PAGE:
A Texas man who sold an AK-47 to the gunman who killed five police officers and wounded six others says he’s no longer interested in firearms.
“It’s the fact that I feel partially responsible for all this sh*t that’s happened,” Colton Crews told the New York Daily News. “That’s it. That’s what it is. He’s just one guy who bought a gun from me, and he decided to do something completely awful.”
Crews said he had forgotten about selling the assault rifle to an unremarkable military veteran he met through Facebook until after Micah Johnson was killed by police during a shooting rampage.
The 26-year-old Crews said nothing about Johnson, a former Army reservist, raised any red flags when he sold the AK-47 in November 2014.
“He didn’t stand out as a nut job. He didn’t stand out as a crazy person at all,” Crews said. “He stood out as just another guy. And he was U.S. service, so he was like your first pick when you’re selling a gun to somebody.”
Law enforcement recovered the weapon Crews legally sold to Johnson, but the Bureau of Alcohol, Tobacco, Firearms and Explosives has not said whether the weapon was used in last week’s mass shooting.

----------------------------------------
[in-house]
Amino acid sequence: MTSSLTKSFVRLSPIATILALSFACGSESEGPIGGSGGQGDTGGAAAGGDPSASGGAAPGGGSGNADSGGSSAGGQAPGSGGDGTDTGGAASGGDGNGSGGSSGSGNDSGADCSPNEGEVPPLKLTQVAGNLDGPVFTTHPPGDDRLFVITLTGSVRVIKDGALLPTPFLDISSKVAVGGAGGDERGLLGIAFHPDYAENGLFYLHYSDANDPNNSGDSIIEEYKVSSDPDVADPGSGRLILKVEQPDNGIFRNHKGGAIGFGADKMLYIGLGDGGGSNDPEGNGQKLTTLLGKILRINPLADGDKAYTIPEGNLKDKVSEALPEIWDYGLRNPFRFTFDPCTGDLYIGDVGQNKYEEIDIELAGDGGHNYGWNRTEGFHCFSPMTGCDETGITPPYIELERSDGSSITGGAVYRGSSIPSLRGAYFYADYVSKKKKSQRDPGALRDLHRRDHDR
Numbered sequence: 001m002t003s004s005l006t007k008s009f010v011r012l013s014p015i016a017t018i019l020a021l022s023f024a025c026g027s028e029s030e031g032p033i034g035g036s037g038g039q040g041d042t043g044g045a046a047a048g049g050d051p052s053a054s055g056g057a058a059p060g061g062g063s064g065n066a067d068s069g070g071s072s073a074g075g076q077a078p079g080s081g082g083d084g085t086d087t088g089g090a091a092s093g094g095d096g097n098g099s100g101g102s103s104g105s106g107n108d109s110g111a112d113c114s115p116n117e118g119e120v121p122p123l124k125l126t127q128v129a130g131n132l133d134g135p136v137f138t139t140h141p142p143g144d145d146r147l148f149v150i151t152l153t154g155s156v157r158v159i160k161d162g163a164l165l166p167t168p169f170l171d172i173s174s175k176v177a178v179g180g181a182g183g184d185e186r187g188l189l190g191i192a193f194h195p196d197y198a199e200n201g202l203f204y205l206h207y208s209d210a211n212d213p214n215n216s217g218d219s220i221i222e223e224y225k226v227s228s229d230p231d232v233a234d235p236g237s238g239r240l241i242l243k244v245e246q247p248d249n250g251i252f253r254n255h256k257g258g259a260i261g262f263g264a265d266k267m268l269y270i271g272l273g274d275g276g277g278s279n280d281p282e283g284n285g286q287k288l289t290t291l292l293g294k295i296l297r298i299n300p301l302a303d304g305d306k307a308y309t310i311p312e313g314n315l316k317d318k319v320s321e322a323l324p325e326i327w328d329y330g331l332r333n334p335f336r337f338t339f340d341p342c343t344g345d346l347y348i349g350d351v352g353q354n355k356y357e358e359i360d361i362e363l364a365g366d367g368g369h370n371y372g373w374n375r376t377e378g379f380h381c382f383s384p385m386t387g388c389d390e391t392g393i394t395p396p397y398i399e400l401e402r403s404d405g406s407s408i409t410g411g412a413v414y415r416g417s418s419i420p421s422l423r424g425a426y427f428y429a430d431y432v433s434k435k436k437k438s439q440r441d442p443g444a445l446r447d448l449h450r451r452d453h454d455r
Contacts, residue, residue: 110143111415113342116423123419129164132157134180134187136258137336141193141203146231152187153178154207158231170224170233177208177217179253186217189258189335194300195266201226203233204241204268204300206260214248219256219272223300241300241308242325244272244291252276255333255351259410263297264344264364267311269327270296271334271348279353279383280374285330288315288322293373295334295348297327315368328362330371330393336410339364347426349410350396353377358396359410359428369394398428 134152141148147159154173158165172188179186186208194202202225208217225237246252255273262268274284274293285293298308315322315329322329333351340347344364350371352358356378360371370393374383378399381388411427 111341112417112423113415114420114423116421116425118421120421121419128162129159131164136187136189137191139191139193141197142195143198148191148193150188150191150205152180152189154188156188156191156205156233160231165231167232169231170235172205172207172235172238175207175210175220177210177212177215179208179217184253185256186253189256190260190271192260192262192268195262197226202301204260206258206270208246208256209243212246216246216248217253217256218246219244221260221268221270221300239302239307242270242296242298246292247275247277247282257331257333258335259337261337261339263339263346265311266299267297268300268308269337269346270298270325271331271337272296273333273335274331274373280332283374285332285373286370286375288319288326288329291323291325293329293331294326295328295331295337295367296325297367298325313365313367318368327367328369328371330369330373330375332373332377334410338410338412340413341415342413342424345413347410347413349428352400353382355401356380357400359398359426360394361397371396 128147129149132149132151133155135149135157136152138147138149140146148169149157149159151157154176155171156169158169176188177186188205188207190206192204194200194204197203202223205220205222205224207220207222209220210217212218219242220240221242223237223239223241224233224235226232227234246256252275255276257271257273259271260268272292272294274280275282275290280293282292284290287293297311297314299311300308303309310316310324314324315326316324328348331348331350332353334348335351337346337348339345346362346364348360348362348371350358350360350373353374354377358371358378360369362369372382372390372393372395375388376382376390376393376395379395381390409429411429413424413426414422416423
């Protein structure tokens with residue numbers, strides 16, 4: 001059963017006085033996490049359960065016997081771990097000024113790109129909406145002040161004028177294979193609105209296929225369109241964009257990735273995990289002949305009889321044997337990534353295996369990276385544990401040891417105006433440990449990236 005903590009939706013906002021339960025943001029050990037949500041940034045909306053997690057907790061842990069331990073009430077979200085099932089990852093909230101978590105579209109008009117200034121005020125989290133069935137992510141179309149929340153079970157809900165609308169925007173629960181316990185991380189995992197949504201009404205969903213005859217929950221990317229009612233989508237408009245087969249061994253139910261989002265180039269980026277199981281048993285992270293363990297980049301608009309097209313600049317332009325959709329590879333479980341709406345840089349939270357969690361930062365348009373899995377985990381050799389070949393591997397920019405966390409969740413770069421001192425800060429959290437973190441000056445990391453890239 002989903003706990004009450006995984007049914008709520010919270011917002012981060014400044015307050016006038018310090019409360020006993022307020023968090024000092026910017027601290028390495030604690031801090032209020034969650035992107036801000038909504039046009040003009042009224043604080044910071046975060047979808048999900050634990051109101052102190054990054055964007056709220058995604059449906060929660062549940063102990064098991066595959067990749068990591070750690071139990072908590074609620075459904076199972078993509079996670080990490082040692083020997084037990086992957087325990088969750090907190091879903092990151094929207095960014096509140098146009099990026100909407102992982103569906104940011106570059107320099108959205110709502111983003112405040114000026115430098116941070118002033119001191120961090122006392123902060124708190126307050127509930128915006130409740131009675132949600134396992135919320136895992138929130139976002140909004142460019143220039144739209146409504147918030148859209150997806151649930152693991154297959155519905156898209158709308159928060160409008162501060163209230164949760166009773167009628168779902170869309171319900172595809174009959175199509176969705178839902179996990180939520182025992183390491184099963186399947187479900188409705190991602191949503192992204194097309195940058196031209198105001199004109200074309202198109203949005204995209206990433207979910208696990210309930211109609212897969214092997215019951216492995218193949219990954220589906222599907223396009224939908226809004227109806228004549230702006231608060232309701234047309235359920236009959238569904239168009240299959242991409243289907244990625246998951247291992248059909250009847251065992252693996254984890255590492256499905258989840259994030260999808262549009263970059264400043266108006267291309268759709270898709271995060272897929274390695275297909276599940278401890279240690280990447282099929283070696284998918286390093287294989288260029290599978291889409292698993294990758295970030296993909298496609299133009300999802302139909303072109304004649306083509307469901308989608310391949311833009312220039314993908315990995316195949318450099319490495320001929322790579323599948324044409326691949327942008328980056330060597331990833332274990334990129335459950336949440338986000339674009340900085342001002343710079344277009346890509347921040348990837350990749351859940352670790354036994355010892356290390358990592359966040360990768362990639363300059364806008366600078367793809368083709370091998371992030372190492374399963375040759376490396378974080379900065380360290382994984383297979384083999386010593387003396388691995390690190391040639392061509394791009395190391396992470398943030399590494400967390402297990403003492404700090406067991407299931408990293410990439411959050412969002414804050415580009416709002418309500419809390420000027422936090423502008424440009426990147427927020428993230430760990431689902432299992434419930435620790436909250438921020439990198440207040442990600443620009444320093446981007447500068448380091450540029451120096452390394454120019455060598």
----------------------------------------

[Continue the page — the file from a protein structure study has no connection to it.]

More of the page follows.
“I hope to God it wasn’t,” Crews said. “I hope I’m not that close to all this.”
No background checks are required under Texas law for private sales, if the seller is not a licensed gun dealer, but Crews said he conducted a brief online search on Johnson before selling the rifle.
“First off, it was my belief he would have passed a background check,” Crews said. “He didn’t seem weird in any way, just a normal guy.”
Crews said he sold the AK-47 to pay for an airplane ticket to attend a wedding in Mexico, but now his interest in guns is gone.
He opted out of a deal over the weekend to buy a shotgun, but his connection to Johnson has shaken him.
“I don’t even know how I feel about it right now,” Crews said. “I have no idea. It’s awful. It’s just bad.”